Crystal Violet Staining Procedure for Root-Tip Chromosomes.
L. F. Randolph

  1. Place slides in xylol to remove the paraffin. Flush with fresh xylol, then with absolute alcohol. Pass the slides successively through 95%, 60% and 30% alcohol to water; 3-5 minutes for each step.
  2. 1% potassium permangenate, 2-3 minutes. Rinse in tap water.
  3. 5% oxalic acid, until the sections are bleached - usually 1-3 minutes. Prolonged treatment with oxalic acid sometimes causes the sections to come off the slide. Wash in tap water 15 minutes. The bleaching process in permangenate and oxalic is not always necessary, but it usually adds contrast.
  4. Mordant in 1% chromic, 20 minutes. Rinse in tap water and then in 2 or 3 changes of distilled water.
  5. 1% aqueous solution of crystal violet, 4 hours. It is often desirable to vary the staining period. If the stain comes out too rapidly in the alcohols and clove oil, leave the slides in tne stain longer. If destaining is prolonged, shorten the period. Rinse in tap water.
  6. Treat with iodine-potassium iodide (iodine 1 gm., potassium iodide 1 gm., 80% alcohol 100 cc.) until the color of the sections changes from blue to brown, usually 1-2 minutes.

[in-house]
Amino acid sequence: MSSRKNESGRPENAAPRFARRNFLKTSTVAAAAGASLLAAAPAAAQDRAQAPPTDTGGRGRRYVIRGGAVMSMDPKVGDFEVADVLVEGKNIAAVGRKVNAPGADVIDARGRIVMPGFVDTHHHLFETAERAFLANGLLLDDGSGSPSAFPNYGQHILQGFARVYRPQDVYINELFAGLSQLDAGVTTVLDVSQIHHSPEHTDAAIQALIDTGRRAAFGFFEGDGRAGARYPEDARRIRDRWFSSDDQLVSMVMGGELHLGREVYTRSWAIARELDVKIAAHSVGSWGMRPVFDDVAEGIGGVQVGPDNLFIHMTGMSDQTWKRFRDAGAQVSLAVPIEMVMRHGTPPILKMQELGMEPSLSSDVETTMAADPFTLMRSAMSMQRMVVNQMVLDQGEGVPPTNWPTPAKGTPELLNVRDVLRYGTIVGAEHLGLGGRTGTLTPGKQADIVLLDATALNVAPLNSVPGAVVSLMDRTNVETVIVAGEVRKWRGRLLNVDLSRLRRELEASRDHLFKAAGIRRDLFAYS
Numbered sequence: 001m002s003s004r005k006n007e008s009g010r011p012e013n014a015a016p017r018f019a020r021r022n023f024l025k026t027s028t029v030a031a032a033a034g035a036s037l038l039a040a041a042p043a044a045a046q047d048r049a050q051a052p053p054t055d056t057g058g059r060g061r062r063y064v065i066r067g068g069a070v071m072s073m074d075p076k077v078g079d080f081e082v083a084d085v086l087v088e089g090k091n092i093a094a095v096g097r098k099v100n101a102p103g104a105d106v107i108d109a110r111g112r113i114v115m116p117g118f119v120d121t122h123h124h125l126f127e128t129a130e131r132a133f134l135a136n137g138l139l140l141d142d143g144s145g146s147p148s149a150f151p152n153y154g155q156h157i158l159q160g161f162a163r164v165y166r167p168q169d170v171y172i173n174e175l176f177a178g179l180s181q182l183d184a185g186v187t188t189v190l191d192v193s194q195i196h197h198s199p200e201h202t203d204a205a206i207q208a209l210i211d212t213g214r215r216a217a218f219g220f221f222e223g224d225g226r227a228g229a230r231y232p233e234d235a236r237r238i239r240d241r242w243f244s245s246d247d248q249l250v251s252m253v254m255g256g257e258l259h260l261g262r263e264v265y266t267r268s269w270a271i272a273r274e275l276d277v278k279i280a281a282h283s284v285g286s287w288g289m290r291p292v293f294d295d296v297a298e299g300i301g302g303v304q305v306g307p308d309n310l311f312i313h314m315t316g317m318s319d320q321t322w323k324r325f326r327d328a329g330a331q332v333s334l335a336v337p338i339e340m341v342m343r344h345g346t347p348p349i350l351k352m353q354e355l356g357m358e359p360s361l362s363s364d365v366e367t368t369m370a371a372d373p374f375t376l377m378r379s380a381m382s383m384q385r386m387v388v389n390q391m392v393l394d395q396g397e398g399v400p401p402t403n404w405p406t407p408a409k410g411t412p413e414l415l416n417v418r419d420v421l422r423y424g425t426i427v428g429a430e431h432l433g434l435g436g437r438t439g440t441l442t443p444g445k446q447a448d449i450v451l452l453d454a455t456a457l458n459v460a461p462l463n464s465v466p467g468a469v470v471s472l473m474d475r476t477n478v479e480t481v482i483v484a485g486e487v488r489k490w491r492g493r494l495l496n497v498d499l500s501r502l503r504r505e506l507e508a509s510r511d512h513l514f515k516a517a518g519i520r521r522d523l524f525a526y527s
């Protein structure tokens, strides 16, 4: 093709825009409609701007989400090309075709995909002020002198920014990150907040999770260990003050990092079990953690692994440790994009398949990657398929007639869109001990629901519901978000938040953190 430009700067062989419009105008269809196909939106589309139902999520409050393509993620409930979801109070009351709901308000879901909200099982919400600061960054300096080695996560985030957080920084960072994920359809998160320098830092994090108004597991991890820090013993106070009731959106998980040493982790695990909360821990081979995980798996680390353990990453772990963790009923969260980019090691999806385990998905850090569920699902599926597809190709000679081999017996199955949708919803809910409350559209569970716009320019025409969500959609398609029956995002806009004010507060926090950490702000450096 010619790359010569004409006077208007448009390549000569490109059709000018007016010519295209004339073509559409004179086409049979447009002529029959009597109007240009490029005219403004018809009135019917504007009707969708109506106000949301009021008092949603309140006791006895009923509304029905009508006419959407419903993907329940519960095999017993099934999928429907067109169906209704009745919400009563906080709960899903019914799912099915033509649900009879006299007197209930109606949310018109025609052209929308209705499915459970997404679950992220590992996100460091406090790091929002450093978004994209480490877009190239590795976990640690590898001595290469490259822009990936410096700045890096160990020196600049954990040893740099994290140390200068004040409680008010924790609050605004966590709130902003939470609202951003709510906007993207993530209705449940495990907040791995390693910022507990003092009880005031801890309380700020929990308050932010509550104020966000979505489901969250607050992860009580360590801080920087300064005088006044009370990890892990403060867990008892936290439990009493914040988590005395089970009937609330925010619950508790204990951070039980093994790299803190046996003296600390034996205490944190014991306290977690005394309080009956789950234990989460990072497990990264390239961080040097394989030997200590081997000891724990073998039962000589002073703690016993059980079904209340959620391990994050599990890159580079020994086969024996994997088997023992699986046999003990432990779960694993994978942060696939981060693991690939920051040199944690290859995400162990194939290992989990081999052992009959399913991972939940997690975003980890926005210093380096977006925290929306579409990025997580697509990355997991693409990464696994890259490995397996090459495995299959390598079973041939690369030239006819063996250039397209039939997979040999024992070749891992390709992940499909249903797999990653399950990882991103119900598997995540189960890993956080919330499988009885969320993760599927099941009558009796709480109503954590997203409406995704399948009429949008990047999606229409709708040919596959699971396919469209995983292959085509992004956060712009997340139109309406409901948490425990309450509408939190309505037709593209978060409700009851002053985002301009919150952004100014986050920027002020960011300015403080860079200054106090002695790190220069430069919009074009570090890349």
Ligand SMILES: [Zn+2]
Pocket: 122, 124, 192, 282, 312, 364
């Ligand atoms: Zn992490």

7. Rinse in 95% alcohol and pass through 3 changes of absolute alcohol to clove oil. Differentiate in the alcohols and clove oil, ordinarily 1-3 minutes. Watch the process in the final stages under the microscope. The metaphase chromosome groups under a 16 mm. objective should stand out sharply against a practically colorless background of cytoplasm.
  8. Pass through several changes of xylol to remove all of the clove oil. Mount in thin xylol-balsam. After the cover glass is in place invert the slide on paper toweling and apply mild pressure to force the excess balsam from under the cover glass. Add a few drops of xylol to the edges of the slide, cover with another paper towel and a piece of heavy glass, or other suitable weight. As soon as the slides are dry they may be examined. This method of mounting removes all excess balsam and brings the cover in close contact with the material, so that high-power objectives may be used with greater safety.